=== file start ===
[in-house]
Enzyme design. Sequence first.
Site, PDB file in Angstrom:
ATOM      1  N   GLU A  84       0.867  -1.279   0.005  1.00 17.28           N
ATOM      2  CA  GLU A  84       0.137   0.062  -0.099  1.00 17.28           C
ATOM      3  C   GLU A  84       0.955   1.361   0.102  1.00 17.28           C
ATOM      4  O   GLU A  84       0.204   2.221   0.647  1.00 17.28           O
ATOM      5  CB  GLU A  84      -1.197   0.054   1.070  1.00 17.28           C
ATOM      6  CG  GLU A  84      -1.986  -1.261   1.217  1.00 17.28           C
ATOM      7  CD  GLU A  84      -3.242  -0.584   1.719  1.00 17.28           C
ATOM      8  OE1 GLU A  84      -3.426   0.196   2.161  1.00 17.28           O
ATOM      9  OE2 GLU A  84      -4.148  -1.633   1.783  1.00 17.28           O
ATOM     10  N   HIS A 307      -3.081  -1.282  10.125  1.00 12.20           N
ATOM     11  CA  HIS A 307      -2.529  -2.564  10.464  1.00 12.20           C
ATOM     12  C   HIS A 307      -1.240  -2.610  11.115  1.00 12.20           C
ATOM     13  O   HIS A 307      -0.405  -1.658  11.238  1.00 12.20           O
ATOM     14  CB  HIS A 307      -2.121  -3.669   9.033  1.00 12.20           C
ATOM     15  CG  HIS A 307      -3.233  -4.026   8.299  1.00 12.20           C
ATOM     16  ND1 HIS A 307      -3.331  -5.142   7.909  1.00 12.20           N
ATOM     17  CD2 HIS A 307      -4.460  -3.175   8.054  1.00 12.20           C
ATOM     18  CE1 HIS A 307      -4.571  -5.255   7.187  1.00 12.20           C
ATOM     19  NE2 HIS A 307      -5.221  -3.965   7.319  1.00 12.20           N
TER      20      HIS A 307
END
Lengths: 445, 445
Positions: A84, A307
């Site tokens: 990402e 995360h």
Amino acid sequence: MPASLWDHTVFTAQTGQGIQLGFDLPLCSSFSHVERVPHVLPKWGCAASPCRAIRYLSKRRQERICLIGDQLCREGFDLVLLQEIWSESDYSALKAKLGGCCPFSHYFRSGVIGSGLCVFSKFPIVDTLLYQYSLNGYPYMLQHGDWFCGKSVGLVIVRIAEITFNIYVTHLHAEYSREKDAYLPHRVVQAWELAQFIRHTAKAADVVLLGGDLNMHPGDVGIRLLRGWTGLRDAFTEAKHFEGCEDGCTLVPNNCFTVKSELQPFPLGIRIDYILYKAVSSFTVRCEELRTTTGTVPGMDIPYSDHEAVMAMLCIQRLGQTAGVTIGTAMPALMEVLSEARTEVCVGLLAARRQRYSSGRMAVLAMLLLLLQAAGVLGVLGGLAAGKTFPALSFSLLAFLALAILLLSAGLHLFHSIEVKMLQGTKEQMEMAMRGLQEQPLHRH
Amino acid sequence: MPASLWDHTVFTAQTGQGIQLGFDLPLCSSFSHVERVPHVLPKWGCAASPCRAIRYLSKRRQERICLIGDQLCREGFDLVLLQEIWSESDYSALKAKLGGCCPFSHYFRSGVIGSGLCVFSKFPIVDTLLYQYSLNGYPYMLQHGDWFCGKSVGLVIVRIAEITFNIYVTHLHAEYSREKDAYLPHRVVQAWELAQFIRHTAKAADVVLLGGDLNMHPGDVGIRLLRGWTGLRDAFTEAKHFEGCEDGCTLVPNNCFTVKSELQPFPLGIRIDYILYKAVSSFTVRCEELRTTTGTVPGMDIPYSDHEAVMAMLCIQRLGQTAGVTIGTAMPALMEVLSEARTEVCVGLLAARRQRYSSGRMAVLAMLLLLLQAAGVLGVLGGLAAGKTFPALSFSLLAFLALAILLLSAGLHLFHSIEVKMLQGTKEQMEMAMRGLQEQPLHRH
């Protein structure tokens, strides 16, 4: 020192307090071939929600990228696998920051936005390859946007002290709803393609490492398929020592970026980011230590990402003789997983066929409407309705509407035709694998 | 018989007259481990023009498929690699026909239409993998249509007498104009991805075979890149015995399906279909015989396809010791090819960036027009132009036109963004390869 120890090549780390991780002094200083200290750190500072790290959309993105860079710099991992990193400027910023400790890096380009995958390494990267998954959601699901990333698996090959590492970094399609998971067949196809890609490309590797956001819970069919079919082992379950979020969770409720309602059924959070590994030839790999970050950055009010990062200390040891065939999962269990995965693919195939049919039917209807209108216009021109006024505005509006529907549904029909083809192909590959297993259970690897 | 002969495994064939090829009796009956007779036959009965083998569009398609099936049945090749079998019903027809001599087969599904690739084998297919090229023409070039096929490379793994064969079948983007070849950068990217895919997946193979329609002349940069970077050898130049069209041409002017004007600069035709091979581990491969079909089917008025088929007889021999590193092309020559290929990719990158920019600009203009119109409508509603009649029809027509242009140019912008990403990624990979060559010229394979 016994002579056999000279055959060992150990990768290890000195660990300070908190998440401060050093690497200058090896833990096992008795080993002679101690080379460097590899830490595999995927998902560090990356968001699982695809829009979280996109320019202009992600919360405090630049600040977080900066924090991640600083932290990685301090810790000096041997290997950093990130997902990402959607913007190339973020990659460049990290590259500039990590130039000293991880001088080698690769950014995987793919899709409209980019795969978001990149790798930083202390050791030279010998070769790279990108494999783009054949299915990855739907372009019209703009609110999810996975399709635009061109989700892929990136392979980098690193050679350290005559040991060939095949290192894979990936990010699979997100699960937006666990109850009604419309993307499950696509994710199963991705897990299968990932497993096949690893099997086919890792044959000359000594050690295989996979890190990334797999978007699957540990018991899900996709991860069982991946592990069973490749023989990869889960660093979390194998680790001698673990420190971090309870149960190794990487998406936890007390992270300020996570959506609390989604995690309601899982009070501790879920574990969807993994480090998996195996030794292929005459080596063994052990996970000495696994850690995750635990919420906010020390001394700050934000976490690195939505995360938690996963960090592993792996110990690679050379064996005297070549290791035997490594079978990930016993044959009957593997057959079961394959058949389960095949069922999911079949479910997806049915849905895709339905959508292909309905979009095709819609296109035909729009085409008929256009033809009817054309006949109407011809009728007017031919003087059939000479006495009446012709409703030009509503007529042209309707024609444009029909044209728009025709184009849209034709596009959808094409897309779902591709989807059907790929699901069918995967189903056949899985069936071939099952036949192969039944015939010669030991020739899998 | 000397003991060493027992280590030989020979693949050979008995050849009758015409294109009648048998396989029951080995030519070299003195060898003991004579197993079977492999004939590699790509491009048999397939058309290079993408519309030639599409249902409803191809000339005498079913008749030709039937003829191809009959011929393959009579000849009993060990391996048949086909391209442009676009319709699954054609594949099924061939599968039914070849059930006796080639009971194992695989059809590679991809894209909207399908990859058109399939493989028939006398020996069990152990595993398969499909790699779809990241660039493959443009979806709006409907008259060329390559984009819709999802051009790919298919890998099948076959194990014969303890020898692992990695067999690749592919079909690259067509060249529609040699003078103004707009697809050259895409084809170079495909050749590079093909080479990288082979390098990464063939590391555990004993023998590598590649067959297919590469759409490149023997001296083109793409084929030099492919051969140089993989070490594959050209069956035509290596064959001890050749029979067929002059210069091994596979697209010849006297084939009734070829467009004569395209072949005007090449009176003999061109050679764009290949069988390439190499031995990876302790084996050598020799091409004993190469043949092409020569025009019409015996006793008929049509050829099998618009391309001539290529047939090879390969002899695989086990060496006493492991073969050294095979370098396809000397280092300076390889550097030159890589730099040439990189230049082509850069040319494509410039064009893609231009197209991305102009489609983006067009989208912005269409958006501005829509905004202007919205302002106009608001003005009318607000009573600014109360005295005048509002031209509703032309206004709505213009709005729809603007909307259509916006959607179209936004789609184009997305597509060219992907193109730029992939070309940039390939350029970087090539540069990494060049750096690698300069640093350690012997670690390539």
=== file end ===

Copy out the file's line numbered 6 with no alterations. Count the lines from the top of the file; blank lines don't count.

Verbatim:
ATOM      3  C   GLU A  84       0.955   1.361   0.102  1.00 17.28           C